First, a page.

“Even more fundamentally, voters — admittedly, not economists — may deserve credit for at least subconsciously comprehending two immense longer-term challenges: lagging productivity and a huge and fast-rising national debt.”
It’s a bit hard to believe that anyone who has followed the economy for the last five decades would cite slow productivity growth as a reason for the current pessimism about the economy. We’ve had slow productivity growth for most of the last half century, why is it just now bothering young people?
The other irony of this comment is that we just got a report showing that productivity grew at an incredibly fast 5.2 percent annual rate in the third quarter. No one expects this pace to continue, and the productivity data are highly erratic, but it is a bit bizarre right now to be claiming that slow productivity growth is the reason for people’s discontent.
Then we get the national debt. The fact is, no one has any clue what the size of the national debt is. If it were half its current size it would still sound like a huge number to people. It’s pretty hard to believe that many people have looked carefully and thought about the consequences of the national debt, although hearing politicians and pundits whine about the debt may have scared them.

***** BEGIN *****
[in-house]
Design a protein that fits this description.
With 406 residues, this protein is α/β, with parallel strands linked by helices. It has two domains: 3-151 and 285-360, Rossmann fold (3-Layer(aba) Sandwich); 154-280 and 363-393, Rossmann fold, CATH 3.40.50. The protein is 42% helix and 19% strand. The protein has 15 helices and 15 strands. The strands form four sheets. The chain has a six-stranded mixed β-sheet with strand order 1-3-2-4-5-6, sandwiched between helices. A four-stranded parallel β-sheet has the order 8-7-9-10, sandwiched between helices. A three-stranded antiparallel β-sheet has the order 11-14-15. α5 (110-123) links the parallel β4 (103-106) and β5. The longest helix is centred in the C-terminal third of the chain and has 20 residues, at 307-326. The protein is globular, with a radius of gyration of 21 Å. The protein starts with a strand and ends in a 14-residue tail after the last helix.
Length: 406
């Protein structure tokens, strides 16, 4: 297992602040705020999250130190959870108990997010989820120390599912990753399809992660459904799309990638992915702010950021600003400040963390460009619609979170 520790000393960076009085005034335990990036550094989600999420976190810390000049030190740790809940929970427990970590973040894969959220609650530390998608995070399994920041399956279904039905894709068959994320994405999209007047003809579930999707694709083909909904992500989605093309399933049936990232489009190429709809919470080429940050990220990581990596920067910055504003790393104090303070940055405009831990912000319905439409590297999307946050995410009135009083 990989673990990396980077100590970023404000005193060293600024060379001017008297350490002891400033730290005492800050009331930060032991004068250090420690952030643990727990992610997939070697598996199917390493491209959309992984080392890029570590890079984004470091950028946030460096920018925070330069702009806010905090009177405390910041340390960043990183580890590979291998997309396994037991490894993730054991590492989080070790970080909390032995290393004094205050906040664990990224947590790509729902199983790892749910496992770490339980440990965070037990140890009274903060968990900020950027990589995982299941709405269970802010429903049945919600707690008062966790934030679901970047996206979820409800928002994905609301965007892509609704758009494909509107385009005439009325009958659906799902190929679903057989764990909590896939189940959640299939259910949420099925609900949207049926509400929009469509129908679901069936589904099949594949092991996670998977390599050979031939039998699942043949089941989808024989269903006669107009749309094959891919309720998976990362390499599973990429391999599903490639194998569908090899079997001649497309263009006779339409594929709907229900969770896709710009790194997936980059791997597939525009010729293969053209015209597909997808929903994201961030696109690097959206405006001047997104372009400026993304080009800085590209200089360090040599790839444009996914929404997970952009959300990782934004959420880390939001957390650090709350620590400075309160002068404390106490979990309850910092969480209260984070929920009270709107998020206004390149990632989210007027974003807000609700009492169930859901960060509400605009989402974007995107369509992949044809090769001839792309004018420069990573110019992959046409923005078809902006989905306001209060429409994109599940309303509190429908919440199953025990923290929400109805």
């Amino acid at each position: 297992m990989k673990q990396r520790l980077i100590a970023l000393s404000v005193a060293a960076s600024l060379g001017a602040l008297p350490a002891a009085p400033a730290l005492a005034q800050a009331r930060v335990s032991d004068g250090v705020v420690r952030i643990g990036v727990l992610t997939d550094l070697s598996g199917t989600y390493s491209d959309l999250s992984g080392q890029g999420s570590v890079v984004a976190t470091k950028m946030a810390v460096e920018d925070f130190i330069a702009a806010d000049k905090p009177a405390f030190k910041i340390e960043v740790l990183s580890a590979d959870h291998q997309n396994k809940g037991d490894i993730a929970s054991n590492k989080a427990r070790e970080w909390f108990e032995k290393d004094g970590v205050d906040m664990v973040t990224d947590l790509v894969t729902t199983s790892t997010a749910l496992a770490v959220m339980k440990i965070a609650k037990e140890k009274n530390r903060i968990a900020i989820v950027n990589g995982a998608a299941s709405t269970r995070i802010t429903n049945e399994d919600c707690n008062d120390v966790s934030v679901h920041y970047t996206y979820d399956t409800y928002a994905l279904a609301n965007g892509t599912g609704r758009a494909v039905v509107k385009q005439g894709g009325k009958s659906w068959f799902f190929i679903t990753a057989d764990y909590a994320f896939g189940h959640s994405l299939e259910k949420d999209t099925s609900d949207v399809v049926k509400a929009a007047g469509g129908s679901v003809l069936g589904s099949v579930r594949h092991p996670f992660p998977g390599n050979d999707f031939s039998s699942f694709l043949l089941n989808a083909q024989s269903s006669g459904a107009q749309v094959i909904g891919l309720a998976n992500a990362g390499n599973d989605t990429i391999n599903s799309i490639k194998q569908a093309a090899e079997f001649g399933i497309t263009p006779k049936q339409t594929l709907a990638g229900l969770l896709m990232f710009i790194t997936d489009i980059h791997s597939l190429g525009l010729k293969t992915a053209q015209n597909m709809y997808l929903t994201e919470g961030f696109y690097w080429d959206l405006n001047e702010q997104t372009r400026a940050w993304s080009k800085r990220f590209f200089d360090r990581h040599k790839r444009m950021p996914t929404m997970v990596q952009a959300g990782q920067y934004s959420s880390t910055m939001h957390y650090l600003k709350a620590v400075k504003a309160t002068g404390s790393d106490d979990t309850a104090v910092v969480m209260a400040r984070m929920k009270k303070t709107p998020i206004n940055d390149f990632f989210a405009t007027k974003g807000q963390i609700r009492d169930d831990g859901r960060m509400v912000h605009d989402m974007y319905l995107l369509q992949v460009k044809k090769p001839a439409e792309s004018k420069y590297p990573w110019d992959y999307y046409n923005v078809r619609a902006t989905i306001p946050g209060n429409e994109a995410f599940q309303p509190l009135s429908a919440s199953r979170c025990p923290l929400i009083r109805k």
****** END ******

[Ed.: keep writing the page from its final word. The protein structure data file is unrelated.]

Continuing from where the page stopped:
If they did want to worry about something that would cost them real money, they might worry about the trillions of dollars they will pay out in future years to drug companies, medical equipment suppliers, and other companies that have government-granted patent and copyright monopolies. But, the recipients of these rents are probably Steven Rattner’s friends, and they don’t allow for such things to be talked about in the New York Times anyhow.
Ironically, Rattner doesn’t mention global warming. The damage that we are doing to the planet gives young people very serious grounds to be worried about the future. But I suppose preventing environmental destruction doesn’t matter to Rattner.
Anyhow, it is possible to make a case in the NYT that things are really bad right now and people should be worried about the economy. It may not be a very solid case, but who cares?